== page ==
Powell school district attorney Tracy Copenhaver said the district is “comfortable” with the assurances it’s received from the federal government, but the board made its recommendation contingent on the attorney general’s office providing an opinion that the U.S. government can’t legally interfere — “so your butt’s on the line,” Commissioner Loren Grosskopf explained to O’Donnell.
The boundary board also conditioned its approval on the attorney general guaranteeing that Park County School District No. 1 will never be asked to cover past years of payments made to Montana schools.
Yellowstone Superintendent Dan Wenk said that won’t happen.
“Payments weren’t made to the state of Wyoming, so it (a bill) is not going to come to the state of Wyoming,” Wenk said.
Wyoming Gov. Matt Mead used $497,722 of the state’s emergency funds to cover the education of the Mammoth Hot Springs students’ for the just-completed school year in Gardiner. He formally announced the payment the day before the boundary board’s meeting, and encouraged the board to expand the boundaries.
At last week’s meeting, Commissioner Tim French complained about the governor and others telling the county board — which starts the process — “this is what you’re going to do.” He said it came across as “a bit heavy-headed.”
“I think that’s what gets us riled up. We don’t want to strand any of those kids; none of us,” French said.
Feds’ legal review took 10 months
I wish I would have known either six months earlier or six months later,” says Yellowstone National Park Superintendent Dan Wenk.
Wenk is referring to January, when he got the official word that Yellowstone officials could no longer pay for the education of children who live inside the park. January fell in the middle of the school year and — for the Gardiner, Mont., school district — in the middle of a budget that counted on a $497,000 payment from the park to educate the 37 students who live in Mammoth Hot Springs and attend school in Gardiner. Instead, Wenk delivered the word to Gardiner officials that the federal government would be unable to pay anything.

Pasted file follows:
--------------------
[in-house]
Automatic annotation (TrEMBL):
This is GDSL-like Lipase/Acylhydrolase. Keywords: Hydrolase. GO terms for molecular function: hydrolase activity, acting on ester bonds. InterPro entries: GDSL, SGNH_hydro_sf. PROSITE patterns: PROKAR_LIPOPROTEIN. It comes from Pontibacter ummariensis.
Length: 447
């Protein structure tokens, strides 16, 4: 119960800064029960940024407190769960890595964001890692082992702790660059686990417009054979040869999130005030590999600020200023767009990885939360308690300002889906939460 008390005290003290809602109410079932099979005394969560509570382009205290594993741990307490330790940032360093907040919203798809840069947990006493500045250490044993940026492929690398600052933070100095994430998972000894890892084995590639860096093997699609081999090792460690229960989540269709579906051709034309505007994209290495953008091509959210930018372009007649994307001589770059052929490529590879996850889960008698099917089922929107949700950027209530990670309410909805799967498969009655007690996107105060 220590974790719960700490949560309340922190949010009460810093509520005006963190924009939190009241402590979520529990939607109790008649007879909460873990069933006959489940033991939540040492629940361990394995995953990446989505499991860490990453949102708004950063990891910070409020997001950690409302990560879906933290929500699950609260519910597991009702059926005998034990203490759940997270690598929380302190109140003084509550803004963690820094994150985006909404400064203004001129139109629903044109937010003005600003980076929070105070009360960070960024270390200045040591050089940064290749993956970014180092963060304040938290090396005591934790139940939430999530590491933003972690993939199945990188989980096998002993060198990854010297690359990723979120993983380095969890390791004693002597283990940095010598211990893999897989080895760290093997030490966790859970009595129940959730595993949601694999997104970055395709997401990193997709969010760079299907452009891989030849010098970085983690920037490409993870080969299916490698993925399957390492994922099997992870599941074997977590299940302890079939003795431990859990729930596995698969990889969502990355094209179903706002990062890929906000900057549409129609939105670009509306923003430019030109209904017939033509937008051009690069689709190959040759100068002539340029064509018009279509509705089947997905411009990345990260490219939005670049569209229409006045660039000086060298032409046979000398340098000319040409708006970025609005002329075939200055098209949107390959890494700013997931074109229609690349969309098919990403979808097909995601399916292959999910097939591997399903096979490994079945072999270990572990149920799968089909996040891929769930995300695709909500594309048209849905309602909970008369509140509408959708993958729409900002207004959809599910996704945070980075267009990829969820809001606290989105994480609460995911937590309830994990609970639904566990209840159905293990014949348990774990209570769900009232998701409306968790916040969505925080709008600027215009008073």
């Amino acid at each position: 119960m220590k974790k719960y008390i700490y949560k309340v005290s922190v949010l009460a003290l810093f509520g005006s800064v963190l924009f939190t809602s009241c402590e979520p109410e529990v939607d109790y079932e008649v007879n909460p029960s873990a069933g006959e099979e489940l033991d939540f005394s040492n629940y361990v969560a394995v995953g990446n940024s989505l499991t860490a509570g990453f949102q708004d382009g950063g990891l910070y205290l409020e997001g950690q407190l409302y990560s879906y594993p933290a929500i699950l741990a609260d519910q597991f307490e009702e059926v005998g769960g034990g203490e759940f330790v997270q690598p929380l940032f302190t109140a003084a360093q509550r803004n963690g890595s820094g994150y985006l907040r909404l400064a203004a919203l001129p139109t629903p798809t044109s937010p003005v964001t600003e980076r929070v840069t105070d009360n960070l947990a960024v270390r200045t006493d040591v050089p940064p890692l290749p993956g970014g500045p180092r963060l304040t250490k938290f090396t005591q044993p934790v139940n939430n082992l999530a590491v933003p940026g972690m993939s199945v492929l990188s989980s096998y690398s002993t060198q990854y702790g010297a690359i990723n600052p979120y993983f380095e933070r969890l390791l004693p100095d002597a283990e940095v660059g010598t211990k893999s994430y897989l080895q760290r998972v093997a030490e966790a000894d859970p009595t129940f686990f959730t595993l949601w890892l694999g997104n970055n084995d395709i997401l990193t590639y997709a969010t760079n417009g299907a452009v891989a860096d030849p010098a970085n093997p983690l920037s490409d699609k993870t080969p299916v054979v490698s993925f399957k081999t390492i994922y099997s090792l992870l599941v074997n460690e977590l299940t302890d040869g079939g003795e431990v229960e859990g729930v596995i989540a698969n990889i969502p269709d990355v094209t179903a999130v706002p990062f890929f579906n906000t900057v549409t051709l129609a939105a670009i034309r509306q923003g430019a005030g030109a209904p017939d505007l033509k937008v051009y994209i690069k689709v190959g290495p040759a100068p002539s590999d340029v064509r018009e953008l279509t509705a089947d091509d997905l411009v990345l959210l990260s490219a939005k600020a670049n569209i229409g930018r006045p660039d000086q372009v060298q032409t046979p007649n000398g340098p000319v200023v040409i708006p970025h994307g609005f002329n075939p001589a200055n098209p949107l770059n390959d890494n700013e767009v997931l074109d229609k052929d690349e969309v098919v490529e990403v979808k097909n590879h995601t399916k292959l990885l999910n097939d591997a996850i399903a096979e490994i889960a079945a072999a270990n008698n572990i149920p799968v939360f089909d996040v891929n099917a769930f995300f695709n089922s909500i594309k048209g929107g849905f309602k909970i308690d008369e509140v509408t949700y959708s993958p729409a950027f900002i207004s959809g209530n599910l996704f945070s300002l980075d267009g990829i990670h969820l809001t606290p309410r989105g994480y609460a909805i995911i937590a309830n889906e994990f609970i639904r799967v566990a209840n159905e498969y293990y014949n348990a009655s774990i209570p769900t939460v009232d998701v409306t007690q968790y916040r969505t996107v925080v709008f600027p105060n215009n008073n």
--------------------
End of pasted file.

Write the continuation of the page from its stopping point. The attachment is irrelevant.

Yellowstone officials originally discovered the problem in March 2013 during a series of federal budget cuts known as sequestration. The cuts prompted park officials to scrutinize all their accounts.
When they reviewed the law that allowed the park to pay for Yellowstone students’ education, Wenk said they discovered “what we thought was very clear language.” It indicated that when the U.S. government began making payments in lieu of taxes to Park County in 1976, that ended the government’s authority to pay for the Yellowstone students’ education.
“That’s when we first asked the question of our solicitors,” Wenk said in an interview on June 5. The Department of the Interior’s review — which included looking at Wyoming’s obligations and the park’s authority to make payments — took roughly 10 months.
“I wish it wouldn’t have taken that long,” Wenk said.
In the months between the discovery of the potential problem and the official word from the Department of the Interior in January, park officials kept the concern under their hats.
The decision to keep it quiet has drawn the ire of officials in Wyoming, Montana and Park County, Wyo.
“We didn’t want to raise a red flag, because if they (the department’s solicitors) would have said, ‘No, you can continue to make payments,’ I didn’t want people to be scurrying and doing things unnecessarily,” Wenk explained.
The superintendent noted that he went ahead and finished paying Gardiner for the 2012-2013 school year — even after the question had been raised. But Wenk also wishes the Department of the Interior’s determination had come either before or after the 2013-2014 school year. That, he said, would have avoided the confusion that arose when the news arrived in January and February.
“We control a lot of things,” Wenk said. “But we don’t control timing.”